Saving for College – Which Investment is Right for You? Part V ESA and Custodial Accounts

By: Abigail Warren, Fall 2017 IAC Student Intern

This final part to the college savings series covers two alternatives to 529 Plans – Coverdell Education Saving Accounts (ESAs) and Custodial Accounts.  While both accounts offer more investments options than 529 Plans, each one has distinct characteristics.


If you are looking for wide-open investment options, ESAs might be right for you.  You can set up an ESA at any brokerage firm, mutual fund or financial institution and select your own investments, with the exception of life insurance contracts, allowing you to tailor your account to meet your specific needs.  The fees vary, depending on your investment option and the selected institution.  The earnings in your ESA grow tax-deferred and you can withdraw money tax-free for qualified education expenses.  You can even use the money towards private elementary and high school expenses.  While these benefits are appealing to some, ESA’s have restrictions that might make some investors pass.

ESAs have a low contribution limit of $2,000 annually and income limits apply.  So, if your Modified Adjusted Gross Income (MAGI) is over a certain amount, you won’t be able to contribute that year (for more information on contribution and income limits see FINRA).  FINRA explains that while ESAs have an age limit, restricting contributions to those made before the beneficiary reaches the age of majority, exceptions exist for those with special needs.  An age limit also applies to the distribution of funds – you must distribute the funds within 30 days of the beneficiary’s  30th birthday.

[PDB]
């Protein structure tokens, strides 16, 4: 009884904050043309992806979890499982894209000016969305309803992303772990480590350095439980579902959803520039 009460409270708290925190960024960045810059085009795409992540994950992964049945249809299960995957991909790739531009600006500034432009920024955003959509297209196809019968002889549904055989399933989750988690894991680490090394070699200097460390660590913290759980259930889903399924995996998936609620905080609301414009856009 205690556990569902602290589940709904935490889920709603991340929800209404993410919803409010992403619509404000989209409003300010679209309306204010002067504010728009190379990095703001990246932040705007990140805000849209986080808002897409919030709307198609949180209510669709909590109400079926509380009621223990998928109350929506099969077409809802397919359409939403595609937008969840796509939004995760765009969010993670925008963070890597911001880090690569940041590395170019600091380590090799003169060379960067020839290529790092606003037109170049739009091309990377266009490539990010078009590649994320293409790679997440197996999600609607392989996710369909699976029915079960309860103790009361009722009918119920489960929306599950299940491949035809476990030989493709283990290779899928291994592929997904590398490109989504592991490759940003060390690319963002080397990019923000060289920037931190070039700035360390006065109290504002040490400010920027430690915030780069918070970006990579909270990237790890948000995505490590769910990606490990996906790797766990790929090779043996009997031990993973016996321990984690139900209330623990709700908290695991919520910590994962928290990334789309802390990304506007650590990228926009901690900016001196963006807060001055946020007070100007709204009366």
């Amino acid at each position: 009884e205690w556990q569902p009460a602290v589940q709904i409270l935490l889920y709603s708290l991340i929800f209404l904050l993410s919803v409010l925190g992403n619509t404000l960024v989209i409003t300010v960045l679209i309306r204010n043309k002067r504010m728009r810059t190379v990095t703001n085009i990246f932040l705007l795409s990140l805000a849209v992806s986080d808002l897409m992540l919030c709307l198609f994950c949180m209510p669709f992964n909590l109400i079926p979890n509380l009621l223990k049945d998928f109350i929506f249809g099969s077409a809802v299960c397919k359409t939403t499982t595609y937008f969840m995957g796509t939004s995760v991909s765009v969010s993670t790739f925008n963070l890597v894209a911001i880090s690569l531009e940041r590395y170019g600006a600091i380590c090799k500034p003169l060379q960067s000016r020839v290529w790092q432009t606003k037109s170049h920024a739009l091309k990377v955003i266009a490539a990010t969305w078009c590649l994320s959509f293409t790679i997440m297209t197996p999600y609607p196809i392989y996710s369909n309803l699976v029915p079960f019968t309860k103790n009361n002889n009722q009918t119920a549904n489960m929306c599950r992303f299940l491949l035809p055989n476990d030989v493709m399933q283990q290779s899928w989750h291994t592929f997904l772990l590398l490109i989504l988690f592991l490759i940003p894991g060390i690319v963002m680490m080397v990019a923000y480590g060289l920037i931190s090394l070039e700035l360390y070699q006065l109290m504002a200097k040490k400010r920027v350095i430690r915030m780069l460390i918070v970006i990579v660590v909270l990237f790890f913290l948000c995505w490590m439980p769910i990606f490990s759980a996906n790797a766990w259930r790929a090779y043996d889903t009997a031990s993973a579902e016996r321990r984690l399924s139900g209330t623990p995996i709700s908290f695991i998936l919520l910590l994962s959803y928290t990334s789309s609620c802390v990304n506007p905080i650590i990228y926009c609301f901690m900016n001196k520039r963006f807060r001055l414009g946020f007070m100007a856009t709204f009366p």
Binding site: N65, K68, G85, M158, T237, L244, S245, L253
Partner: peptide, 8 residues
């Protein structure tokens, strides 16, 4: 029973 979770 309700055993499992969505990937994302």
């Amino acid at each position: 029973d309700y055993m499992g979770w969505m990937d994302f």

Custodial Accounts

Two types of custodial accounts exist – Uniform Gift to Minors Act (UGMA) accounts, and Uniform Transfer to Minors Act (UTMA) accounts.  UGMA accounts allow only cash gifts and securities, while you can hold other types of property, including real estate, in a UTMA account.

FINRA explains how you can set these accounts up at any financial institution and the custodian can be a parent, grandparent, or other adult and need not be the donor – the donor can appoint a custodian.  The custodian will make all decisions regarding the account until the beneficiary reaches the age of majority.  Custodial accounts offer tax advantages, depending on the amount of unearned income and the child’s age (for more information on tax advantages see FINRA), however, these accounts are not tax-deferred, and withdrawals are not tax-free.  FINRA notes that the custodian is also subject to the federal gift tax.

Some perks of custodial accounts include more investment options, no contribution or income limits and, unlike 529 plans and ESAs, you can use withdrawals for any purpose.  That’s right. If your child doesn’t use the money for tuition, they can use it for something else.  While the ability to freely spend sounds enticing, disadvantages come with this freedom.  For starters, at the age of majority, your child/beneficiary gains control over the account, enabling them to use the money as they wish.  FINRA explains that a custodial account is an irrevocable gift, with only one custodian and one beneficiary.  Funds cannot be transferred to another family member’s name; the beneficiary owns all contributions.  However, you can transfer the funds tax free to a custodial 529 plan, but the beneficiary must stay the same, and you must liquidate investments and pay taxes on gains.